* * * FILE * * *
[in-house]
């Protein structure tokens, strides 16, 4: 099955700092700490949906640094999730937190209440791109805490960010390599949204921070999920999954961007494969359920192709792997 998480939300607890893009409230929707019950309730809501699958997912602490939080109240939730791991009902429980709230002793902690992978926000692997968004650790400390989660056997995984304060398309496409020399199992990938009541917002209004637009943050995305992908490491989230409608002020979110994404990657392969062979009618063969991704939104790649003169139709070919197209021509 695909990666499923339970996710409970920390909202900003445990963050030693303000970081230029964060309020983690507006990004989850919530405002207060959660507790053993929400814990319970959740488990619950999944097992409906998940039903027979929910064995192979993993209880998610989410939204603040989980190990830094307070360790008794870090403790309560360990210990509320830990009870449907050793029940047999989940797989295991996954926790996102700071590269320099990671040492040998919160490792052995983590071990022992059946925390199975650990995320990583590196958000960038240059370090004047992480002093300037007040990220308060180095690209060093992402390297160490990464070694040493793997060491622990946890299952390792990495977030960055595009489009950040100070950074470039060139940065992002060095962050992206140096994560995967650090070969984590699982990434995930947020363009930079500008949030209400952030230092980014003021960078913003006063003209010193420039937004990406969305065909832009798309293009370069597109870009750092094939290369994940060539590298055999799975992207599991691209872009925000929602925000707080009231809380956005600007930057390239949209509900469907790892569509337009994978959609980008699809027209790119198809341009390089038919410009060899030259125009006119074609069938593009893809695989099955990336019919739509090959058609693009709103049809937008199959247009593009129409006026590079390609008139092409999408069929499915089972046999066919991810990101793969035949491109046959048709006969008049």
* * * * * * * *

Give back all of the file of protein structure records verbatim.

[in-house]
């Protein structure tokens, strides 16, 4: 099955700092700490949906640094999730937190209440791109805490960010390599949204921070999920999954961007494969359920192709792997 998480939300607890893009409230929707019950309730809501699958997912602490939080109240939730791991009902429980709230002793902690992978926000692997968004650790400390989660056997995984304060398309496409020399199992990938009541917002209004637009943050995305992908490491989230409608002020979110994404990657392969062979009618063969991704939104790649003169139709070919197209021509 695909990666499923339970996710409970920390909202900003445990963050030693303000970081230029964060309020983690507006990004989850919530405002207060959660507790053993929400814990319970959740488990619950999944097992409906998940039903027979929910064995192979993993209880998610989410939204603040989980190990830094307070360790008794870090403790309560360990210990509320830990009870449907050793029940047999989940797989295991996954926790996102700071590269320099990671040492040998919160490792052995983590071990022992059946925390199975650990995320990583590196958000960038240059370090004047992480002093300037007040990220308060180095690209060093992402390297160490990464070694040493793997060491622990946890299952390792990495977030960055595009489009950040100070950074470039060139940065992002060095962050992206140096994560995967650090070969984590699982990434995930947020363009930079500008949030209400952030230092980014003021960078913003006063003209010193420039937004990406969305065909832009798309293009370069597109870009750092094939290369994940060539590298055999799975992207599991691209872009925000929602925000707080009231809380956005600007930057390239949209509900469907790892569509337009994978959609980008699809027209790119198809341009390089038919410009060899030259125009006119074609069938593009893809695989099955990336019919739509090959058609693009709103049809937008199959247009593009129409006026590079390609008139092409999408069929499915089972046999066919991810990101793969035949491109046959048709006969008049």